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Old Feb 15, 2013, 09:24 AM   #26
dusk007
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Originally Posted by Ploki View Post
Actually revolution = not necessarily better, just new.
And what did I write?
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Originally Posted by dusk
Revolution is something entirely new. It is a big sudden change.
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Originally Posted by Ploki View Post
Evolution doesn't necessary have to be slow you know? It just happens that evolution of life was slow.
Not sure what you are reading but since you quote me, I didn't write slow. I wrote gradual and building on the old. Not turn around new. Not back to the drawing board new.
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Originally Posted by dusk
Evolution is anything that is better than the previous however little.
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Graphene transistors would be in fact evolution. Except if you would change everything you know about a computer...
Based on what the folks say they can do it would be a revolution in the transistor department. It is always a matter of perspective.
From the point of view of a PC there is never going to be anything revolutionary in the tech. Only the use of it can be. From the tech's perspective you may at some point do something entirely different like run QM algorithms. Which would be quite a big thing in cryptography. You could throw a few things away and could use some really cool new ones.

revolution means turn around.
evolution meas to gradually roll out or unfold.
The words aren't related in any significant way despite there being only one letter in difference.

bill-p simply used the words wrong.
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Old Feb 15, 2013, 12:15 PM   #27
bill-p
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No you do have it backwards. Evolution may lead to significant change at some point but it is gradual. It builds upon the old and only changes a little each generation.
Revolution is chop of everybody's head we are doing it completely different than it used to be. Revolution is something entirely new. It is a big sudden change.

Evolution is anything that is better than the previous however little. Revolution would be if they pull graphene transistors or something actually new out of their butts. Diamond chips or something that would be easier to cool.
Look at it this way...

Haswell: Intel takes the same base concept (Ivy Bridge), increase GPU performance instead of CPU performance, integrate more of the chipsets. Sounds like the "opposite" of what they'd usually do (increase CPU performance). In which case, it's a "revolution". Like you said, it's "different from how it used to be".

Broadwell: Intel moves to a new manufacturing process (14nm) and increase CPU performance, which is what they usually do. Sounds like an "evolution" to me.

----

But let's disregard the terminology, and go back to the discussion. The problem here is that I'm sure some people are expecting Haswell to be this magical improvement over Ivy Bridge where they can have all of the cake: faster CPU, faster GPU, lower power consumption.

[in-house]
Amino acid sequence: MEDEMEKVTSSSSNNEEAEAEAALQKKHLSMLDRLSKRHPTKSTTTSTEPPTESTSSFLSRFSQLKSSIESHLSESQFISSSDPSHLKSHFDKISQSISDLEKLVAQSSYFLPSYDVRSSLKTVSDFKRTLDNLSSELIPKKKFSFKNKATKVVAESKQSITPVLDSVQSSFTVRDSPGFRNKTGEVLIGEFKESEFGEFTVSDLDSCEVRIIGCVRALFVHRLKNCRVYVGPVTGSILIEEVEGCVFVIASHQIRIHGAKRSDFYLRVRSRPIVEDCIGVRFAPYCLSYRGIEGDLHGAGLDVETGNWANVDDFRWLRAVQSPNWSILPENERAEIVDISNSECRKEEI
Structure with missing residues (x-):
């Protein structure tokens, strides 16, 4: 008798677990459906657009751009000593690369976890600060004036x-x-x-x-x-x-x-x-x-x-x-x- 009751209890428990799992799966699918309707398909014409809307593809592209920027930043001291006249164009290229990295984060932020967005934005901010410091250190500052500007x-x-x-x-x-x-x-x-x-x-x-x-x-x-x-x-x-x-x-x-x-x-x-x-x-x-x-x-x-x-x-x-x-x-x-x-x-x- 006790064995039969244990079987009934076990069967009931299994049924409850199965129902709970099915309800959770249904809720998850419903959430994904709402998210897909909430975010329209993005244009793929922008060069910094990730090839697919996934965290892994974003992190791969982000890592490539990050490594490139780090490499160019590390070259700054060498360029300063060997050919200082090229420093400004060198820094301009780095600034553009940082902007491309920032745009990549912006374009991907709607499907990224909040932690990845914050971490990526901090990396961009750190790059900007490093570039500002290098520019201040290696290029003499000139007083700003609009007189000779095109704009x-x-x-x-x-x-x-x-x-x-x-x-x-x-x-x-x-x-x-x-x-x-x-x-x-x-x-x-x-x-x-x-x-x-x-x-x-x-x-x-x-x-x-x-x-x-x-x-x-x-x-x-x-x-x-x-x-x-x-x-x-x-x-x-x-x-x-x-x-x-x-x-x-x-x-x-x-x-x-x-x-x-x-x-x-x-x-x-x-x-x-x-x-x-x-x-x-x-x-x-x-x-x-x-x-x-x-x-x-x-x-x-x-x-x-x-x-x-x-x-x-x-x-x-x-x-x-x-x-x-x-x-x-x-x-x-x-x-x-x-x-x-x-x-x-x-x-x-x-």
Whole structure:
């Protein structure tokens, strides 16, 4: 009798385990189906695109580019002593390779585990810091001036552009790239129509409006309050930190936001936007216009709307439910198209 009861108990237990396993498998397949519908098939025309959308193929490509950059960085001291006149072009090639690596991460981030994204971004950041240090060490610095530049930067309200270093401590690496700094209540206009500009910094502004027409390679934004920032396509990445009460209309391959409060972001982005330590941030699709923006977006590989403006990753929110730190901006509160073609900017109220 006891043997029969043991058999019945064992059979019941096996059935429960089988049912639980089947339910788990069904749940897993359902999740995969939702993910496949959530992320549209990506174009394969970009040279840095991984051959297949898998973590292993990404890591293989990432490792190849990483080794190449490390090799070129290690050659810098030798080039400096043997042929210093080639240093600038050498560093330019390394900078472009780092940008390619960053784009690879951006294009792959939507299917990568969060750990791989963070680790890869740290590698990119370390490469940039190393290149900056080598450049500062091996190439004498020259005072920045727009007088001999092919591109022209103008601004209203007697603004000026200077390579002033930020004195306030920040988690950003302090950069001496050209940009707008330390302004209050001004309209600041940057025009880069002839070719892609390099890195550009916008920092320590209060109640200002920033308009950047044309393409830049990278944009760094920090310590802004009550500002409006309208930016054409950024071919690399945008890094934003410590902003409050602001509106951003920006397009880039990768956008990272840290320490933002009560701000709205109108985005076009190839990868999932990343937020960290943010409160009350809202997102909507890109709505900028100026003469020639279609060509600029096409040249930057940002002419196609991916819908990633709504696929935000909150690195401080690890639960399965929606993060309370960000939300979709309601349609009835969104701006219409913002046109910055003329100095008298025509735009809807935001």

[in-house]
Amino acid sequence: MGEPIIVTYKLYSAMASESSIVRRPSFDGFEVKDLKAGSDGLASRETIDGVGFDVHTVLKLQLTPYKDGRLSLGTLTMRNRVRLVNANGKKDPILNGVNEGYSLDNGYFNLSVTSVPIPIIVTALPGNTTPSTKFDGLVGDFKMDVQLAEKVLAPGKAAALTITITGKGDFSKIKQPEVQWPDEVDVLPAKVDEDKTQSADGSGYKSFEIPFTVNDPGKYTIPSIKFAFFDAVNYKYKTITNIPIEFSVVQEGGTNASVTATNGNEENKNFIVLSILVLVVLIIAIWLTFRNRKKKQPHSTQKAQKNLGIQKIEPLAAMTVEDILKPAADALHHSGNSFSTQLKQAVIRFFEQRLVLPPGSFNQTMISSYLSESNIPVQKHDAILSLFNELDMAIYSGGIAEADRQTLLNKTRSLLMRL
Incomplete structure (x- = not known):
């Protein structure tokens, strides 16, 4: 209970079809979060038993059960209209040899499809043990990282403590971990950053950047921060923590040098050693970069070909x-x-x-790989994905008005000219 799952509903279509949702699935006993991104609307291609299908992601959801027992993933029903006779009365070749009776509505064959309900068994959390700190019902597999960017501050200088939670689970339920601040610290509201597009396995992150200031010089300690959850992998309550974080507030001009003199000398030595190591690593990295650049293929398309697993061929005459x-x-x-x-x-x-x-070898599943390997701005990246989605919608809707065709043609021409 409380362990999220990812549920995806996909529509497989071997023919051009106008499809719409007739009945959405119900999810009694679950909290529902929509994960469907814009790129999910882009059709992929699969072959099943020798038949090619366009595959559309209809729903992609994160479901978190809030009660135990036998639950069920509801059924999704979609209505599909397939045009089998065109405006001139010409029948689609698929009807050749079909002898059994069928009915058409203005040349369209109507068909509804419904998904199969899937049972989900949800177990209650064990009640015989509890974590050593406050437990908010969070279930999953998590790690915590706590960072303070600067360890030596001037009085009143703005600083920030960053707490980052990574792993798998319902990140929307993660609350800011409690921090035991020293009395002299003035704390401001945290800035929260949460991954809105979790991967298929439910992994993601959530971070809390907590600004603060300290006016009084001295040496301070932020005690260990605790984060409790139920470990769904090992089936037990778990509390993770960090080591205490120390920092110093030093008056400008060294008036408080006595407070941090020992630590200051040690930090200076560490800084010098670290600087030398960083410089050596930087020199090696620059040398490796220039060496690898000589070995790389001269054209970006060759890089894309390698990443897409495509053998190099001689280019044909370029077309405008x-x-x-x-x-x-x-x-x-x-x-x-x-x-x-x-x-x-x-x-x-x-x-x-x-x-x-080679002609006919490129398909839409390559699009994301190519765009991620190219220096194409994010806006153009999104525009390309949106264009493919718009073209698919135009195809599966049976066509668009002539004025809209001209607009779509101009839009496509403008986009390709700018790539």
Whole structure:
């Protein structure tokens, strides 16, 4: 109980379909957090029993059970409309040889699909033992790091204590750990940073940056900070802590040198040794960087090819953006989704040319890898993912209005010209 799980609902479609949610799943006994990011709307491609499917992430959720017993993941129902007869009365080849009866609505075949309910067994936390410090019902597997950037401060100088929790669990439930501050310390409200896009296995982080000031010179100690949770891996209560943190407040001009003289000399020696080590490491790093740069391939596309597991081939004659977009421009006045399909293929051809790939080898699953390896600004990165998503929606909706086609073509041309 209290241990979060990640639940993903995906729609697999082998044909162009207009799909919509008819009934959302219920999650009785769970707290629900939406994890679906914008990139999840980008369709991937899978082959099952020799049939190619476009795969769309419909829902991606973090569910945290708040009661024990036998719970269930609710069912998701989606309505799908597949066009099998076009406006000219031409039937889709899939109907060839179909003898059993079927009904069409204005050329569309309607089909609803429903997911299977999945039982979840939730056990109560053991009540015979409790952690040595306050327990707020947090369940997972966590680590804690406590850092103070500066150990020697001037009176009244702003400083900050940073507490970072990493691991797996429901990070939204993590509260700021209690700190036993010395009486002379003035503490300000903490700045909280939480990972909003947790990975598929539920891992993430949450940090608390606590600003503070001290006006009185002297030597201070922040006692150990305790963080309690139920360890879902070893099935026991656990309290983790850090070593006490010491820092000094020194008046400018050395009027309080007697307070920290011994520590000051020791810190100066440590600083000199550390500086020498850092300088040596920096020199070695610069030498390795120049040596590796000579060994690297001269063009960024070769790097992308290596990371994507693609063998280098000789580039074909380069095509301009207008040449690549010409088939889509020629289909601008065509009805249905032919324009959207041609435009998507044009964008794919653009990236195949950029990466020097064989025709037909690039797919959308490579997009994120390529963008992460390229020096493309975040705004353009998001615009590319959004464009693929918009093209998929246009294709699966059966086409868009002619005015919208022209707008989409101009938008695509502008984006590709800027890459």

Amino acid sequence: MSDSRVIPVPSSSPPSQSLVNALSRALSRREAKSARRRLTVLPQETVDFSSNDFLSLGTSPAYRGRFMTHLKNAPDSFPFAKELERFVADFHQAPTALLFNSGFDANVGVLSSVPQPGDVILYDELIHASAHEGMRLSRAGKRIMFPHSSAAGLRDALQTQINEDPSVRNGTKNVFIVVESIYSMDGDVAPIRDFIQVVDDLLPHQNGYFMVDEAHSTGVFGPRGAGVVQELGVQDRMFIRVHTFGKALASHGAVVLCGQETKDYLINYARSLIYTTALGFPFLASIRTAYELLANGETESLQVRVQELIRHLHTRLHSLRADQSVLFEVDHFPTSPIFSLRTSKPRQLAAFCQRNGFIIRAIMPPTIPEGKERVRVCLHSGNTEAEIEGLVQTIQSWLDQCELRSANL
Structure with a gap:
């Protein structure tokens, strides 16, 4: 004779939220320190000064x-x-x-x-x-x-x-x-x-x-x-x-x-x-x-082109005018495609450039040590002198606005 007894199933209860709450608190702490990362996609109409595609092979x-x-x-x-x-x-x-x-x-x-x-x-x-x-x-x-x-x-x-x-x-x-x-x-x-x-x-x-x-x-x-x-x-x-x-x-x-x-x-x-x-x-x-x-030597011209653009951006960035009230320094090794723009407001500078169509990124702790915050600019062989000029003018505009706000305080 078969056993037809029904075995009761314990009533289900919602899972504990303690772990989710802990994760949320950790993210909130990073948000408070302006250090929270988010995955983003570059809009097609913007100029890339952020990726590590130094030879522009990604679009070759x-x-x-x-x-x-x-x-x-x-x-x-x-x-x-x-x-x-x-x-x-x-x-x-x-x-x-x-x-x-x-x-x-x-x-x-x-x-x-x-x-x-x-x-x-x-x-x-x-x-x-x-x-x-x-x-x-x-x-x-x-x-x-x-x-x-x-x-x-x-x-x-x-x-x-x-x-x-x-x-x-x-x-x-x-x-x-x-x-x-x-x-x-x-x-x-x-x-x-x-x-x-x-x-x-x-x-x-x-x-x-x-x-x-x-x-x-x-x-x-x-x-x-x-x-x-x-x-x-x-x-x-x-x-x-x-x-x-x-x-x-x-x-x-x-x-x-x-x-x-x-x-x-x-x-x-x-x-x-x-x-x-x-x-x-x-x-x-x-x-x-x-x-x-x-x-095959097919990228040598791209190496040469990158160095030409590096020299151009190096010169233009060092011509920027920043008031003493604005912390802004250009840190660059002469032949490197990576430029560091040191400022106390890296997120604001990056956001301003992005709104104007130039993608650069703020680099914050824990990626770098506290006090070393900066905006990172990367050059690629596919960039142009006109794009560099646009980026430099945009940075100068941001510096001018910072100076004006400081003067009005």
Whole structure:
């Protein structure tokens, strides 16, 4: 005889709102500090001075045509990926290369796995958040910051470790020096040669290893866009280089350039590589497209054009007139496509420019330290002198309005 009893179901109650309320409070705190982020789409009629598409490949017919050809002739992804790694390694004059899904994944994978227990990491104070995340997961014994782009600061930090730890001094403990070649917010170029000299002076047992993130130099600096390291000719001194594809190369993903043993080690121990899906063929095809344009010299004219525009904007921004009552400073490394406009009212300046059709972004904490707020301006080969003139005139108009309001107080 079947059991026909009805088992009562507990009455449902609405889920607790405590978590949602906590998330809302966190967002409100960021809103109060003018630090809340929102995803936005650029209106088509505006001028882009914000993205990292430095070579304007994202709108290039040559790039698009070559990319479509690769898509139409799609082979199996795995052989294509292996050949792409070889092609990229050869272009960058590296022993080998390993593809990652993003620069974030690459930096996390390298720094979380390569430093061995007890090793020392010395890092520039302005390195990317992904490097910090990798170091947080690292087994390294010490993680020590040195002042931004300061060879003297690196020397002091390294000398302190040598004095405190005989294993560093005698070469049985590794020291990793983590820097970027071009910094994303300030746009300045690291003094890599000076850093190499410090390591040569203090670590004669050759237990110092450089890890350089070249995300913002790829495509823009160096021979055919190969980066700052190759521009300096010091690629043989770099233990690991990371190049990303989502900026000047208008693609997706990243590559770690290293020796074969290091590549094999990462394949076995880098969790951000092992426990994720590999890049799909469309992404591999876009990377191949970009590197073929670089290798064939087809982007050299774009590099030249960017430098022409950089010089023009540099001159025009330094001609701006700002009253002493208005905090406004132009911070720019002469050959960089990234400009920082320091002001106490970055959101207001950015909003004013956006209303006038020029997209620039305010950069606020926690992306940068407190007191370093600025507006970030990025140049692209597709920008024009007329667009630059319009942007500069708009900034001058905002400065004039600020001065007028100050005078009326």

But the reality is that it may not be all that. And we got all of this information from last year. But I guess... people just somehow talk themselves into believing that technological marvels come every year... thanks to what Apple did to the iOS platform.
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Old Feb 15, 2013, 01:35 PM   #28
paulrbeers
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Originally Posted by Ploki View Post
Actually revolution = not necessarily better, just new.
Evolution doesn't necessary have to be slow you know? It just happens that evolution of life was slow.
Graphene transistors would be in fact evolution. Except if you would change everything you know about a computer...
I'm thinking you don't understand the meaning of revolutionary....

Merriam-Webster devices Revolutionary as: constituting or bringing about a major or fundamental change

Evolution: a process of continuous change from a lower, simpler, or worse to a higher, more complex, or better state

There for Dusk007 is right that it should have been Haswell is evolutionary and not revolutionary.
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Old Feb 15, 2013, 01:37 PM   #29
Ploki
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I'm thinking you don't understand the meaning of revolutionary....

Merriam-Webster devices Revolutionary as: constituting or bringing about a major or fundamental change

Evolution: a process of continuous change from a lower, simpler, or worse to a higher, more complex, or better state

There for Dusk007 is right that it should have been Haswell is evolutionary and not revolutionary.
New chip material isn't something that's going to revolutionise the personal computer for the end user... Perspective
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Old Feb 15, 2013, 01:41 PM   #30
paulrbeers
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Originally Posted by bill-p View Post
Look at it this way...

Haswell: Intel takes the same base concept (Ivy Bridge), increase GPU performance instead of CPU performance, integrate more of the chipsets. Sounds like the "opposite" of what they'd usually do (increase CPU performance). In which case, it's a "revolution". Like you said, it's "different from how it used to be".
.
Yeah, but that's not the context you used, to quote you: